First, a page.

Effects of physical cleansing on subsequent unhealthy eating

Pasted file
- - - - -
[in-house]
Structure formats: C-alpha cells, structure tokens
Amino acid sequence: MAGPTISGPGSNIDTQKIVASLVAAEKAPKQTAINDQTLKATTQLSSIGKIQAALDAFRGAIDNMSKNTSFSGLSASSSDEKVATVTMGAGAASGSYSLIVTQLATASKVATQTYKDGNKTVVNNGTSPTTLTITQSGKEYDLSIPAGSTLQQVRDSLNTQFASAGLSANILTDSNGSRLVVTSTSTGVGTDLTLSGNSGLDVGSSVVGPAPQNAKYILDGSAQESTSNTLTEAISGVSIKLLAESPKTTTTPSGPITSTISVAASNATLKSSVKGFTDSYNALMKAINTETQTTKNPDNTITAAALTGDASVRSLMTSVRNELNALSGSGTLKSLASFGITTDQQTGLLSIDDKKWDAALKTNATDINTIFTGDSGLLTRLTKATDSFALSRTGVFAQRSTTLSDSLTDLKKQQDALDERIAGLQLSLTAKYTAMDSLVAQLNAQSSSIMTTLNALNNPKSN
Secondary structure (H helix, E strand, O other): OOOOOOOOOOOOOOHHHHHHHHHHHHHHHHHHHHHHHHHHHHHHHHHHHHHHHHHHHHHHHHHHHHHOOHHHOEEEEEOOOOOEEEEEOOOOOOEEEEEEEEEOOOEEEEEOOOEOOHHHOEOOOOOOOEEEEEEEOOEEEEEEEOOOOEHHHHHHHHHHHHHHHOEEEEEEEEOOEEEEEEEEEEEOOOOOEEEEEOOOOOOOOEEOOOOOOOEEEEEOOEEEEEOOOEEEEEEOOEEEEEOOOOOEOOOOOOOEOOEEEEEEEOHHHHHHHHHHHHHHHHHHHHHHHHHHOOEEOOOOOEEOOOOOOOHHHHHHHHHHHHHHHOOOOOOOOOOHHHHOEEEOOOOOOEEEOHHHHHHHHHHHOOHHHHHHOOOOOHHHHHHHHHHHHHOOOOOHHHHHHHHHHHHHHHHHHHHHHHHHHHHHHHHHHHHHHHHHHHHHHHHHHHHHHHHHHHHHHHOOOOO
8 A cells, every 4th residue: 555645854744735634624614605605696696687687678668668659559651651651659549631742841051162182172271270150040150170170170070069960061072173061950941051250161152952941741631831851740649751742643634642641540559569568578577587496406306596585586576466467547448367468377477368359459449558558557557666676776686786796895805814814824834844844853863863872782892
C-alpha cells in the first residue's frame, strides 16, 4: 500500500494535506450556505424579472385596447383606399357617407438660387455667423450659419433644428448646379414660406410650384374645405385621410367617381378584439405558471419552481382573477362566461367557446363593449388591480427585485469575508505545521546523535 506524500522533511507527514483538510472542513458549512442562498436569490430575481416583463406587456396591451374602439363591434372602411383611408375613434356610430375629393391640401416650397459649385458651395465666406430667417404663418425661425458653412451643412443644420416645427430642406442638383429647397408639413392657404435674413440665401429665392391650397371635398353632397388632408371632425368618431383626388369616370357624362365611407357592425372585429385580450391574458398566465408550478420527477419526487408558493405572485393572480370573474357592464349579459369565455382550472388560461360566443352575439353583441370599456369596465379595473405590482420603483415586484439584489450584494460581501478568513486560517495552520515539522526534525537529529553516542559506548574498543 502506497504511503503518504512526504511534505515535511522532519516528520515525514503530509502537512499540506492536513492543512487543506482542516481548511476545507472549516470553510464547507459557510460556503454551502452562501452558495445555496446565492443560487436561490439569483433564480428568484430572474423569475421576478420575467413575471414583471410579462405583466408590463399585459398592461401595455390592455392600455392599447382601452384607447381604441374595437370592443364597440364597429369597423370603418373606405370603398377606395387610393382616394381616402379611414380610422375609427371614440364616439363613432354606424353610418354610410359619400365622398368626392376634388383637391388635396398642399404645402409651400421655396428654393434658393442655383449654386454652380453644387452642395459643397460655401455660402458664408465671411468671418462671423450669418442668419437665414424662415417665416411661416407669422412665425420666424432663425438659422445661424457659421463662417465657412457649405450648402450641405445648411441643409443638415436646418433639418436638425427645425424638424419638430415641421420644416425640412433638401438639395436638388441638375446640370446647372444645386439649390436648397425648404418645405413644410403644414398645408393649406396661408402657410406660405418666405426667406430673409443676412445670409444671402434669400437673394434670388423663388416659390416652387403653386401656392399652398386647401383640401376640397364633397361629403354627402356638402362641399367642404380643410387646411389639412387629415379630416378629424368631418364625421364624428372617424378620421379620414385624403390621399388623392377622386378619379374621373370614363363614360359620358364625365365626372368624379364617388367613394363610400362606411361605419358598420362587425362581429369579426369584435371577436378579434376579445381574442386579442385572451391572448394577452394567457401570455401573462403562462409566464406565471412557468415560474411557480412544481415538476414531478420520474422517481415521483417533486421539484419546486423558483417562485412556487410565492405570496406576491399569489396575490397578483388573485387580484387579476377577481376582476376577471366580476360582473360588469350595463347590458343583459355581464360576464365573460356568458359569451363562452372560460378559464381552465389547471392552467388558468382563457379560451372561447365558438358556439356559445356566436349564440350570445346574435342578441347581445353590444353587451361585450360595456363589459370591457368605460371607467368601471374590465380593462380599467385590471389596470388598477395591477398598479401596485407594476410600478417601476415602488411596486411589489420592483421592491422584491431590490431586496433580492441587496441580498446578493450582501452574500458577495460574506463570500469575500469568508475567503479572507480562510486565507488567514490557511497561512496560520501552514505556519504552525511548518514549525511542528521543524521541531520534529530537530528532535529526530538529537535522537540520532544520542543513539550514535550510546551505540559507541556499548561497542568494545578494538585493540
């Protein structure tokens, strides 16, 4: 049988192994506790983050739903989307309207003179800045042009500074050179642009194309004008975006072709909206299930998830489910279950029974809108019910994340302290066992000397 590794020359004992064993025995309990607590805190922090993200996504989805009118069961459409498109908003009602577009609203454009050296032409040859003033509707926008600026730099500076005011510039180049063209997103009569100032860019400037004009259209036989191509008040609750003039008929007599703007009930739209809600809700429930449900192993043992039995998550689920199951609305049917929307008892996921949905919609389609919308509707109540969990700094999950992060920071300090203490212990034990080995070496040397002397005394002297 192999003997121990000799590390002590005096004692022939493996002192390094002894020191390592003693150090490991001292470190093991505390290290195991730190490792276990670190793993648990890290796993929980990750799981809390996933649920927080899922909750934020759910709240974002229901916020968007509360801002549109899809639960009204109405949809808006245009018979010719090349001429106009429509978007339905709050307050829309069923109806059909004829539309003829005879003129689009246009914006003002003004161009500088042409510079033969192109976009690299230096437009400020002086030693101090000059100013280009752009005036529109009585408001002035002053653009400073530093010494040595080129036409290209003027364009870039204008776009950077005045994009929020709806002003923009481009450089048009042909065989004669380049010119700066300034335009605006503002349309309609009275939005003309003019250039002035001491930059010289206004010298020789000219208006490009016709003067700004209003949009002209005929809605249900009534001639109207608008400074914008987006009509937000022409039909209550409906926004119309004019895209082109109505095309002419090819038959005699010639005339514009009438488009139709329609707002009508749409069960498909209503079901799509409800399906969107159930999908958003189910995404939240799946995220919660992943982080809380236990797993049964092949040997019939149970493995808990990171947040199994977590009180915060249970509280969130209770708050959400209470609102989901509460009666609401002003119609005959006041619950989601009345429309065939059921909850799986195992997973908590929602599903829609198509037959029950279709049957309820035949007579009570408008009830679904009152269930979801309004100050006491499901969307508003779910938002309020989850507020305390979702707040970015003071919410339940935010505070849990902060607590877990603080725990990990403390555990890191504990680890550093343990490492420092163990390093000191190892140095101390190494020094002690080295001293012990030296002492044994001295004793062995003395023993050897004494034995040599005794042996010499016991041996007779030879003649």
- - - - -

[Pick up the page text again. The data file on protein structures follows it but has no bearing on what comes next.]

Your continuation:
Marketing Letters Volume 29, Issue 2, 1 June 2018, Pages 165-176   Kim, J.(a), Kim, J.-E.(b), Park, J.(c) a Department of Marketing, Auckland University of Technology, Private Bag 92006, Auckland, 1142, New Zealand b Department of Marketing, Business School, The University of Auckland, Private Bag 92019, Auckland, 1010, New Zealand c Korea University Business School, Korea University, 1 Anam-Dong, Sungbuk-Gu, Seoul, South Korea Abstract Over five experiments, we demonstrate that physical cleansing (e.g., handwashing) can reduce consumers’ unhealthy eating in subsequent unrelated contexts, by decreasing their choice of vice food (e.g., chocolate cake) versus virtue food (e.g., fruit salad) and their preferred amount vice food for consumption. This effect generalizes over different food stimuli and different operationalizations of physical cleansing (i.e., actual cleansing, visualized cleansing, and vicarious cleansing). Further, an analogous effect occurs for consumers’ unethical choice in a non-food domain, thus increasing the generalizability of the cleansing effect. Finally, one potential mechanism of the effect based on the metaphorical associations between physical cleanliness and moral purity and between vice food and immoral consumption is suggested. © 2018, Springer Science+Business Media, LLC, part of Springer Nature. Keywords emerging markets; familiarity bias; financial crisis; home bias; international diversification
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